I don’t like connecting odd devices to my home network.  A quick Internet search will reveal the problems with doing so–that manufactures have a tendency to never patch them, resulting in a bunch of small computers with large security vulnerabilities serving as network entry points.

But things can still be done right, for those who care.  And after years of hearing reviews for the Ring Video Doorbell on my favored information security news podcast (which personally endorses the product), I began to consider it as an exception to my otherwise rather rigid policy.

Then some neighbors began to complain about break-ins.  The tactic so often used: perpetrators would announce their presence at the front door to determine if anyone was home, and if so, to scan the interior of the home and come back later–if not, to break in then and there.  This was in fact the exact type of scenario for which the Ring was designed.  I proposed the option to Liz, who agreed.  So we used a collection of Amazon gift card credits and purchased their Video Doorbell 2.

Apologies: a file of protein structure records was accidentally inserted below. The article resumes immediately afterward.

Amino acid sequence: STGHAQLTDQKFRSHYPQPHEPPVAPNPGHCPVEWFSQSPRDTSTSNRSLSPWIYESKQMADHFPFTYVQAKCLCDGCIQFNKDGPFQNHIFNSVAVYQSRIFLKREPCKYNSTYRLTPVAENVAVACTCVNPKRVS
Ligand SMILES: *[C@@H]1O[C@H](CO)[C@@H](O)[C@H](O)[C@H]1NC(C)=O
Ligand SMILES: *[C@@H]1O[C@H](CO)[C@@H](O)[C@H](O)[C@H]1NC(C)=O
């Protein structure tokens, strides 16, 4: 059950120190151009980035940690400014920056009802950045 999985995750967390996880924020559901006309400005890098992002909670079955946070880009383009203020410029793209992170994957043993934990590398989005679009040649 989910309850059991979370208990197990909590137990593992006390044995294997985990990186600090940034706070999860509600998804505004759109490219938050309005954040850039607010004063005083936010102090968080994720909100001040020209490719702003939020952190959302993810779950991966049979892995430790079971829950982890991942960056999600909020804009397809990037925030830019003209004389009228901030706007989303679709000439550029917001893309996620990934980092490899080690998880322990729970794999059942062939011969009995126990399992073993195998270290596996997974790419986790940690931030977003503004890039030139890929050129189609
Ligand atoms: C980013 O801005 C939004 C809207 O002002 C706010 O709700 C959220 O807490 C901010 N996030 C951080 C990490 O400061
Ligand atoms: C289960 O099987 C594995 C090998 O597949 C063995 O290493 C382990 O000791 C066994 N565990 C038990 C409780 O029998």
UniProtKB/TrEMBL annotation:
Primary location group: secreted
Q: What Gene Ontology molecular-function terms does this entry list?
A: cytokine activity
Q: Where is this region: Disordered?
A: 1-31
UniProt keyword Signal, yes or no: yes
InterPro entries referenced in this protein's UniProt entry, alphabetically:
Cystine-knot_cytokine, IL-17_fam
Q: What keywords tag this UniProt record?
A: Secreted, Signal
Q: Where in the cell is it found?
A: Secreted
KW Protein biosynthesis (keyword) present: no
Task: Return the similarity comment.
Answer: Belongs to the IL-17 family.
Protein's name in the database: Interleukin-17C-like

Admittedly, their promotional videos are a little goofy, with actors creating a scene in which a couple guys in black trigger the camera and the homeowner yells at them through the speaker and they go scampering away like deer.

But, I could do that should I choose.  Through various settings, the camera and microphone activate from motion, which then records a 30-second clip, or if I acknowledge the video, it keeps recording until I stop it.  And of course it activates when someone pushes the button.  It’s wired into the existing doorbell circuit, which feeds the battery a trickle charge, and integrates with the old wired chime, and naturally–WiFi.  Alerts are delivered as push notifications through their official applications–both desktop and mobile.  And at any point I can activate the device to see a live feed, and through another button push, activate my device’s microphone so I can threaten whoever’s on my front porch.

Equally important, it updates its firmware automatically.

So far, it works as advertised, and while the price point was a little steep, they did not cheap out on its manufacture, even having included a variety of hardware/tools/wiring.

I have yet to catch any ne’er-do-wells, but that’s just as well.  I do, however, have a collection of riveting videos involving me shoveling the driveway and the car leaving and entering the garage.  In all practicality, it’ll probably be most useful when I’m working in the basement and can’t hear the doorbell, or to verify a package delivery, or to one day yell at the kid’s first boyfriend just for fun.

HD, but with the wide angle lens there are limitations on distance

In the meantime, it’s just cool.